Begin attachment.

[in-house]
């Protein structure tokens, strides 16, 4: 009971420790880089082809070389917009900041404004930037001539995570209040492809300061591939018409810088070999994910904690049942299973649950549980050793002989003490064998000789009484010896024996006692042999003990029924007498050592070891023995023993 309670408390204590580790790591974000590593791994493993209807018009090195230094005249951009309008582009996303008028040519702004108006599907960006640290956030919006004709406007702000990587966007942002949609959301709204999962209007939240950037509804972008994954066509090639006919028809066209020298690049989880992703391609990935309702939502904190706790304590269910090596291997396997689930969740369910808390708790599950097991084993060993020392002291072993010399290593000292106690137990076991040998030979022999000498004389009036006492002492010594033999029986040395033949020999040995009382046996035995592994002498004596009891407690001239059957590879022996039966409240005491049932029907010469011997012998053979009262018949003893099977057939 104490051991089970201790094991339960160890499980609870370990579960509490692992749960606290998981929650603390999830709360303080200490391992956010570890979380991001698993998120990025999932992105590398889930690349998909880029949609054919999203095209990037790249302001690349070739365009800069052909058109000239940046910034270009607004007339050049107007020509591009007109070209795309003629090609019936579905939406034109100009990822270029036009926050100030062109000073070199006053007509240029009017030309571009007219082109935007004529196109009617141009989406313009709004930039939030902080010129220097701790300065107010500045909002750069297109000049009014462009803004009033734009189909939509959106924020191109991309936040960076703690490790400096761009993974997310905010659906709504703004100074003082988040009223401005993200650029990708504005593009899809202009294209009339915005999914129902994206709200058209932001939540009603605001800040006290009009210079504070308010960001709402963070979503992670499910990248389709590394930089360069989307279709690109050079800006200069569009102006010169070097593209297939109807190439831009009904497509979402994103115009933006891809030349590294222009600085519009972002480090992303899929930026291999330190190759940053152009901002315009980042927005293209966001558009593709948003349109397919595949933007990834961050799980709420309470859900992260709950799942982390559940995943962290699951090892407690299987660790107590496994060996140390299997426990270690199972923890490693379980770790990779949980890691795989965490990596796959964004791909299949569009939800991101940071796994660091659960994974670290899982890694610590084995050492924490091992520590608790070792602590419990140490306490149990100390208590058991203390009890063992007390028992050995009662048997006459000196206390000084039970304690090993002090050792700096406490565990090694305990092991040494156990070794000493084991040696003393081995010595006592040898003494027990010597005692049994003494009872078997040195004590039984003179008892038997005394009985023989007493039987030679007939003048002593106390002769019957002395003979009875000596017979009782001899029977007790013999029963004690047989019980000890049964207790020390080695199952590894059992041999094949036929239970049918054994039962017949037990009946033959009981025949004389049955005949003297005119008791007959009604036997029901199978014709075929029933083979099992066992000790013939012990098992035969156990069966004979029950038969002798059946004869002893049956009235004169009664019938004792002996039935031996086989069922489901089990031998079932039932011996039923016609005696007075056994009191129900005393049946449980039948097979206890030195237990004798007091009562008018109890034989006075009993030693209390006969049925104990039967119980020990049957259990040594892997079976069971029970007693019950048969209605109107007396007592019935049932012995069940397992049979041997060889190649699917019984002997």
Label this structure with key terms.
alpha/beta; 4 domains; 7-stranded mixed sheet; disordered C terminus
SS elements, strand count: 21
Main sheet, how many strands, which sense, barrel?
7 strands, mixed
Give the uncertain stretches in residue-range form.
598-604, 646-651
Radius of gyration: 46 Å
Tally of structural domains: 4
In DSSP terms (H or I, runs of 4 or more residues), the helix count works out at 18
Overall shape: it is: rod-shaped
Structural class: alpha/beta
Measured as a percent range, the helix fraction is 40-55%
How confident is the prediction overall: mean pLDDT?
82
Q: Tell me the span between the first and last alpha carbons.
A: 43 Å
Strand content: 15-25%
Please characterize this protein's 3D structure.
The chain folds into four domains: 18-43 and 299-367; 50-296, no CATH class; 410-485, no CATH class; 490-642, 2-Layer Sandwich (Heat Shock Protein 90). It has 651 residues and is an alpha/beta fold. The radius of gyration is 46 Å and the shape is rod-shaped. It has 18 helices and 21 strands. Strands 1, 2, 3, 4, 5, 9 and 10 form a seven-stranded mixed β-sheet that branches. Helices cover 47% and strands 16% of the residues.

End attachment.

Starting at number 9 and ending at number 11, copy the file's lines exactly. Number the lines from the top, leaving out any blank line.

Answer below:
598-604, 646-651
Radius of gyration: 46 Å
Tally of structural domains: 4